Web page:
By Dan Woychick
When our boys were much younger, sometimes my wife would ask me to watch them at home while she went to a doctor’s appointment or ran errands. With my laptop, I can get work done virtually anywhere, so this was not a problem – or was it?
Almost invariably, I would lose patience after one too many distractions from my diminutive “clients.” My frustration was that in trying to simultaneously get work done and be caretaker for my children, I was doing neither task very well. And, in truth, only one of these two can actually be done “later.”
It is not enough to be busy. So are the ants. The question is: What are we busy about? – Henry David Thoreau
Simplify to gain traction
It’s easy to blame employers, colleagues, or fate as reasons behind our never-ending list of daily tasks. However, as we struggle to assess an overwhelming number of choices, we often make no choice at all. If this were a lunch buffet, we’d be the ones waddling to our seat with a calorie-laden tray in each hand. It’s unhealthy.
Just last week a colleague, after being asked by her new boss to describe the top 10 qualities of all great communications programs, shared her list with me. As lists go, it was well organized and comprehensive – in fact, a little too comprehensive. Beneath each of the numbered items on the list were five bullet points (making it a 60-point list). This is hardly a recipe for establishing priorities, but it’s understandable.
In the book, Made to Stick, authors Chip and Dan Heath explain:
Forced prioritization is really painful. Smart people recognize the value of all the material. They see nuance, multiple perspectives — and because they fully appreciate the complexities of a situation, they’re often tempted to linger there. The tendency to gravitate to complexity is perpetually at war with the need to prioritize.
I suggested to my colleague that what her boss wants is not what he needs, “I’d give him your list and then say: But [fill in the blank] is the MOST important quality. Then prioritize your work around that directive.”
After all, while Moses had a list of Ten Commandments, Jesus came along and simplified things. The most important commandment (essentially) is: Love your neighbor as yourself. This simple phrase has guided the actions of good people for centuries.
Move from abstract to concrete
Many non-profit marketing folks aren’t fortunate enough to have a directive as clarifying as the Golden Rule. More likely, they’re saddled with a committee-authored mission statement that provides neither a clear purpose nor a way to measure success. Let’s look at an edited example from an American university:
We are dedicated to the discovery, development, communication, and application of knowledge in a wide range of academic and professional fields. Our mission of providing the highest quality undergraduate and graduate programs is inseparable from our mission of developing new understandings through research and creativity… We seek to serve persons of all racial, ethnic, and geographic groups, women and men alike, as we address the needs of an increasingly diverse population and a global economy. In the twenty-first century, we seek to assume a place of preeminence among public universities while respecting our history and traditions.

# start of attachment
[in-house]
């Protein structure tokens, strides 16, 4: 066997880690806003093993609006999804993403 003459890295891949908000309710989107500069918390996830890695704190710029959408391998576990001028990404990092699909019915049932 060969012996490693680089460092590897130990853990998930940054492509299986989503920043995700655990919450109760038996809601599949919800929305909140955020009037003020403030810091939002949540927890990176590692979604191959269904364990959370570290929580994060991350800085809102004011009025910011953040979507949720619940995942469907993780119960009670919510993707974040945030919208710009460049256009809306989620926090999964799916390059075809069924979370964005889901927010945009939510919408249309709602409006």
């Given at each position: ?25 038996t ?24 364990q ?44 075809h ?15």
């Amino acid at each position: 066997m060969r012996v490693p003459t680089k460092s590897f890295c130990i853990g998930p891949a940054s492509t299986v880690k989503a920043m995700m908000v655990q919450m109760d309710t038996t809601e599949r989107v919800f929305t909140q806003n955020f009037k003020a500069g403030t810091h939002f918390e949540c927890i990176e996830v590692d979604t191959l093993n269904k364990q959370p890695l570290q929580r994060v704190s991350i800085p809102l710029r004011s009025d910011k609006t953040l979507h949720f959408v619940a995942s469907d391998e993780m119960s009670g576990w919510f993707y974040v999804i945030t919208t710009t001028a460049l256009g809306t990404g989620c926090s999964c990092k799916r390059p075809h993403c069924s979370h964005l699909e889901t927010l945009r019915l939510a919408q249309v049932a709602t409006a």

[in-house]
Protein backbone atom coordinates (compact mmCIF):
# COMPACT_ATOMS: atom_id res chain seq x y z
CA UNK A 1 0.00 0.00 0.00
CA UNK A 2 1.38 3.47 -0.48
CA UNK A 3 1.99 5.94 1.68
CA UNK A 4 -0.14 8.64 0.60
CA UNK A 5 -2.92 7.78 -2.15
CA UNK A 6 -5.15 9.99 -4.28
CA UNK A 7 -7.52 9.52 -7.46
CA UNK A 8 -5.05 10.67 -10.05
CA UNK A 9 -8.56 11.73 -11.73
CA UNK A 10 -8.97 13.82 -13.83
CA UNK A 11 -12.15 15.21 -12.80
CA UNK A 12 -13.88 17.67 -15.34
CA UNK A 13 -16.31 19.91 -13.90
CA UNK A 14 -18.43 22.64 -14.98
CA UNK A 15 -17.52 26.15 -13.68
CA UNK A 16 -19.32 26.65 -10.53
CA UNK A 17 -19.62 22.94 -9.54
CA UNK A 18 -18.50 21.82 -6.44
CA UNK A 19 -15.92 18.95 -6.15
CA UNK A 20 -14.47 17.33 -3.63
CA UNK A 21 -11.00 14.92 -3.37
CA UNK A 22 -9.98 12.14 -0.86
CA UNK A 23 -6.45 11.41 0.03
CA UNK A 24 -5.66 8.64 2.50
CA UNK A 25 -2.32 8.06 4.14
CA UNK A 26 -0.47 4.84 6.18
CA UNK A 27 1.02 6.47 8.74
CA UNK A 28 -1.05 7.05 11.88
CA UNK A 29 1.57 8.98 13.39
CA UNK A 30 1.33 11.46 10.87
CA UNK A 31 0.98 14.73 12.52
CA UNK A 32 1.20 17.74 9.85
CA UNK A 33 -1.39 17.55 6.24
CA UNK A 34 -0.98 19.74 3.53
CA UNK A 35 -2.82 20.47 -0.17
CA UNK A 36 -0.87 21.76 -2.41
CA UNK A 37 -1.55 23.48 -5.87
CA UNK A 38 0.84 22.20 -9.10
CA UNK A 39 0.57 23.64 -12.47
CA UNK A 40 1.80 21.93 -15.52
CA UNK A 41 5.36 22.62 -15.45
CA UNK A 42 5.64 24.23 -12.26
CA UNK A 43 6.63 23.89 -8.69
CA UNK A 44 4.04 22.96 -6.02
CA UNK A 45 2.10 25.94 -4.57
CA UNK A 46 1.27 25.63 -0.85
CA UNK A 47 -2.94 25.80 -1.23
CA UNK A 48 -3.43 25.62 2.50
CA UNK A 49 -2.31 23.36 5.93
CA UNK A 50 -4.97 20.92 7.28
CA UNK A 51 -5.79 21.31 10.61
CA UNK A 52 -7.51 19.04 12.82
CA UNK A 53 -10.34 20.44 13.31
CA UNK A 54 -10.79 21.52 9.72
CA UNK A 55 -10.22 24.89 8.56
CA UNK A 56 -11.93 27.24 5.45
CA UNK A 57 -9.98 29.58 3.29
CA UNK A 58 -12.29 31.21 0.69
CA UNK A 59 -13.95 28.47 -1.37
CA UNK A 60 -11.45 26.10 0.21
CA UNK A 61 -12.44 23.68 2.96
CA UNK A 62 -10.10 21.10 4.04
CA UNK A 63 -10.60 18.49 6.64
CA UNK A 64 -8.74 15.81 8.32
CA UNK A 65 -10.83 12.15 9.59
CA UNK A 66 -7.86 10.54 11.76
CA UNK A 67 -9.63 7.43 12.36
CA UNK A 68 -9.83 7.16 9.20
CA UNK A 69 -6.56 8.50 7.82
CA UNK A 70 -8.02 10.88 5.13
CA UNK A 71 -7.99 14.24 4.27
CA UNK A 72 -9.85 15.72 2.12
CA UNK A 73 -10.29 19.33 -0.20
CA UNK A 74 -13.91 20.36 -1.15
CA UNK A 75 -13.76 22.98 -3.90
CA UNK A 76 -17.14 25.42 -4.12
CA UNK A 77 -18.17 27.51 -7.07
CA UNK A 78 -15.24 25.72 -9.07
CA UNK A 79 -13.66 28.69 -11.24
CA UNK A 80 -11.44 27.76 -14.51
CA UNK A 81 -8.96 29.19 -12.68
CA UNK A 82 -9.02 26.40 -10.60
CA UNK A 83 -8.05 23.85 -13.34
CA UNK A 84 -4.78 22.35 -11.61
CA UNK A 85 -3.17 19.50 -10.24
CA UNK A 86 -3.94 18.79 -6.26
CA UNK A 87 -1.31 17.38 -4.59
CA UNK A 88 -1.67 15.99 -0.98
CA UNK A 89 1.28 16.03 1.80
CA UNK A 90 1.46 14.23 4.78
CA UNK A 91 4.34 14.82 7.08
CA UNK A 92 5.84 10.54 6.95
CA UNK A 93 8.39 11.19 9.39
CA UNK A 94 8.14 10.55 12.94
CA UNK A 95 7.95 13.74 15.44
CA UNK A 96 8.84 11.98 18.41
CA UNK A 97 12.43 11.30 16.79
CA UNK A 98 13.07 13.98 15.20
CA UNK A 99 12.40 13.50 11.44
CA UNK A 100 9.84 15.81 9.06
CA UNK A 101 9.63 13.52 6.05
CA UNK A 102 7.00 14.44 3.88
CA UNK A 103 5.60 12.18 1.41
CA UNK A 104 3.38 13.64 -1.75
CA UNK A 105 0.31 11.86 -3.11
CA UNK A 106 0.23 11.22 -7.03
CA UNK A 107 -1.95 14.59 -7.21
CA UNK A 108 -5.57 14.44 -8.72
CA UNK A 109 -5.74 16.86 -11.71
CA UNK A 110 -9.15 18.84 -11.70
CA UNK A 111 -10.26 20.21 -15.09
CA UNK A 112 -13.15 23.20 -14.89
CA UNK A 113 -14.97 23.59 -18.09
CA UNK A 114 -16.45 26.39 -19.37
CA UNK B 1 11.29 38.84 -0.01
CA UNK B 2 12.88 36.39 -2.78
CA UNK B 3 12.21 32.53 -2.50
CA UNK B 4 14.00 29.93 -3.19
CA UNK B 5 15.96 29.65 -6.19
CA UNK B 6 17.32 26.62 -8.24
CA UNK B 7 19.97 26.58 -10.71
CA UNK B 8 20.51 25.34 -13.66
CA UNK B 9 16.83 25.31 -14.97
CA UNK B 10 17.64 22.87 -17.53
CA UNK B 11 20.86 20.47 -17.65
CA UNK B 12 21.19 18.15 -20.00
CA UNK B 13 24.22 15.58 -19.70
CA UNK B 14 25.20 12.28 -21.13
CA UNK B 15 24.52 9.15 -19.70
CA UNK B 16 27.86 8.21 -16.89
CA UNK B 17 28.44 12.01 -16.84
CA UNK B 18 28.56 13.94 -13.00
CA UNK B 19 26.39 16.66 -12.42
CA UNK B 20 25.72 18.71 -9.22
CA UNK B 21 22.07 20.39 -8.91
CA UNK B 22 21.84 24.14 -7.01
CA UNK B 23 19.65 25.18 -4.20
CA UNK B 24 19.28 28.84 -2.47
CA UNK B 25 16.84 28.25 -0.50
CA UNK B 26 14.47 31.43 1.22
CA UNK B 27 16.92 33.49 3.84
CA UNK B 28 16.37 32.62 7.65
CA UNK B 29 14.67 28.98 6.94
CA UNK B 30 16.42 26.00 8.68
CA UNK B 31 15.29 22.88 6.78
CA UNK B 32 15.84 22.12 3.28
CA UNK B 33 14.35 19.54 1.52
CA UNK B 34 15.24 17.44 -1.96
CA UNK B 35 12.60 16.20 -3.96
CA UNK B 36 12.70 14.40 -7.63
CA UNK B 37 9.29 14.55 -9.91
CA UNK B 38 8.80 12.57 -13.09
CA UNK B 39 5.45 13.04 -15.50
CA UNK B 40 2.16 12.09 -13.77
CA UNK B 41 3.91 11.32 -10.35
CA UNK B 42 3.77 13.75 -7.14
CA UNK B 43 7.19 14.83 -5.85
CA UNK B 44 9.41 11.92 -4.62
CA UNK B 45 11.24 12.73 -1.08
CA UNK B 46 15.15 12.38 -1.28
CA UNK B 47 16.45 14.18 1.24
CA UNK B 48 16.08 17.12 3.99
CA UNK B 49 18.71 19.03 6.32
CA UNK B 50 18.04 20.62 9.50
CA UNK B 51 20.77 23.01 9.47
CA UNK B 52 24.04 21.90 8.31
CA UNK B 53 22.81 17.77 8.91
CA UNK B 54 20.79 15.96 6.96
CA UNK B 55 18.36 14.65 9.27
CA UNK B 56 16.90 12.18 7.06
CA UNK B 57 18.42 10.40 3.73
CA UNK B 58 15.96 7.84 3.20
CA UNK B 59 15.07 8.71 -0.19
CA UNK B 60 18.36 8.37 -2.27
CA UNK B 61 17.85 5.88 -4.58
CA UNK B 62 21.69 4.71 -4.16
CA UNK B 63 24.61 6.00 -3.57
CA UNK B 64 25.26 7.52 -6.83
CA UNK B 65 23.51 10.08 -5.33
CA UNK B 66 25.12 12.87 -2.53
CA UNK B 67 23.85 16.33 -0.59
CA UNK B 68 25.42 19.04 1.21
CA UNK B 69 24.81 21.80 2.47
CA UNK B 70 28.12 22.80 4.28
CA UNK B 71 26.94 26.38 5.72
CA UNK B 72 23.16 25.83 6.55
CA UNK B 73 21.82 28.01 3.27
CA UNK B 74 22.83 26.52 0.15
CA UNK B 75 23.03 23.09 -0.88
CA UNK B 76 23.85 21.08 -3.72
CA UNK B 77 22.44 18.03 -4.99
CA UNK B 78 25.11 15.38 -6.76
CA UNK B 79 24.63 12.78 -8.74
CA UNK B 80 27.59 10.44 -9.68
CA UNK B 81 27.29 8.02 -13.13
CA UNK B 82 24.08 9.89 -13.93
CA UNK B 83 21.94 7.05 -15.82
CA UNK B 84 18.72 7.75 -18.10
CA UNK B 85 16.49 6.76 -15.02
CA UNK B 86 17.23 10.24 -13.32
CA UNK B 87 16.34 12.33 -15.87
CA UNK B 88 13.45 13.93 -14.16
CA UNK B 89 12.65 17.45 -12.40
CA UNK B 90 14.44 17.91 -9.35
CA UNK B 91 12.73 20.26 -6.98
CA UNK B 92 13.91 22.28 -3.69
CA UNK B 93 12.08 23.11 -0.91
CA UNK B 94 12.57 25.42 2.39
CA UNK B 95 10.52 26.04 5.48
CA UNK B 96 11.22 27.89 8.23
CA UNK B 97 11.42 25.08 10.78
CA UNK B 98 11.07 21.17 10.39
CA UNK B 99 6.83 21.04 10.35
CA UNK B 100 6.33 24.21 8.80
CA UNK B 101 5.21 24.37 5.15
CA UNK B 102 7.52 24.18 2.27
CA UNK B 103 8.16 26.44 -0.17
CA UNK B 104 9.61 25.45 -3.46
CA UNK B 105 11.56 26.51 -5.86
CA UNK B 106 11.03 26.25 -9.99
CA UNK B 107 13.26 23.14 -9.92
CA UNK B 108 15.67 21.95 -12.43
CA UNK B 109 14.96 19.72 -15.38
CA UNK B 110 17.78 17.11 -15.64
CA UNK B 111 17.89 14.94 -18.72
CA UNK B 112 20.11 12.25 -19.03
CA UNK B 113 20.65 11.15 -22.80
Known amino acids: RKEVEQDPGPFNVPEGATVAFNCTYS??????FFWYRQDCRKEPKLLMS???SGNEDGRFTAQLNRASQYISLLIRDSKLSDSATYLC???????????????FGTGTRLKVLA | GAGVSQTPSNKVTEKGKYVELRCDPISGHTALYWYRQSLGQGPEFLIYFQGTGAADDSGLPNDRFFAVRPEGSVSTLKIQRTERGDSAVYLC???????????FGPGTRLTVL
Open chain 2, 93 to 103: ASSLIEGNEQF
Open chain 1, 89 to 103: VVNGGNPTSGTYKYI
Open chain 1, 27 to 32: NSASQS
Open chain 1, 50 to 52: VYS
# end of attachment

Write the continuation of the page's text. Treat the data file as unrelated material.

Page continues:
So, to recap, this school teaches many different things to many different people in many different ways in hopes of being well regarded sometime in the next century. As Bill Cosby once said, “I don’t know the key to success, but the key to failure is trying to please everybody.” In contrast, the following university has chosen to prioritize:
Our goal is to be recognized as one of the top five public research universities in the country.
As marketing professionals, our primary mission should be to clearly identify the purpose of the organization we serve, moving from an abstract concept to a concrete goal around which to evaluate the choices we’re faced with every day.
Invest time wisely
The high-stakes uncertainty of stock market investing provides a reasonably good analogy to the current marketing landscape. A diversified portfolio of investments – rebalanced from time to time depending on age and family situation – is common practice among investment advisors. Similarly, marketers have a variety of communication channels available to achieve their objectives.
Action expresses priorities. – Mohandas Gandhi
Where you invest your money – and your time – says a lot about what you value, your tolerance for risk, and your goals. You wouldn’t place as much trust in a stock tip from your flaky brother-in-law as on the successful track record of an established company, yet many marketers seem eager to chase the latest trend.
When shaping your marketing portfolio, “all of the above” is not a choice. Invest your resources proportionate to the activities that best support your goals. That means your budgeted time can’t add up to more than 100%, and some projects should be abandoned.
A disciplined approach
A relentless focus on goals and priorities is necessary to make better decisions. When in doubt, ask yourself these three questions:
How can I make this less complex?
Our neighborhood print shop has a tiny complaint form on which there is a 1/4″ square and instructions to “write legibly” – humorous, but effective.
How does this support our primary goal?
One goal. One purpose. One measure of success. If you’re struggling, return to the previous question.
Is this the best use of my time?
Honesty can be painful when we have to disappoint people we like and pass on projects we may enjoy working on. If you never say ‘no’ you have no priorities.
What techniques do you use to make good decisions? I’d love to hear about them.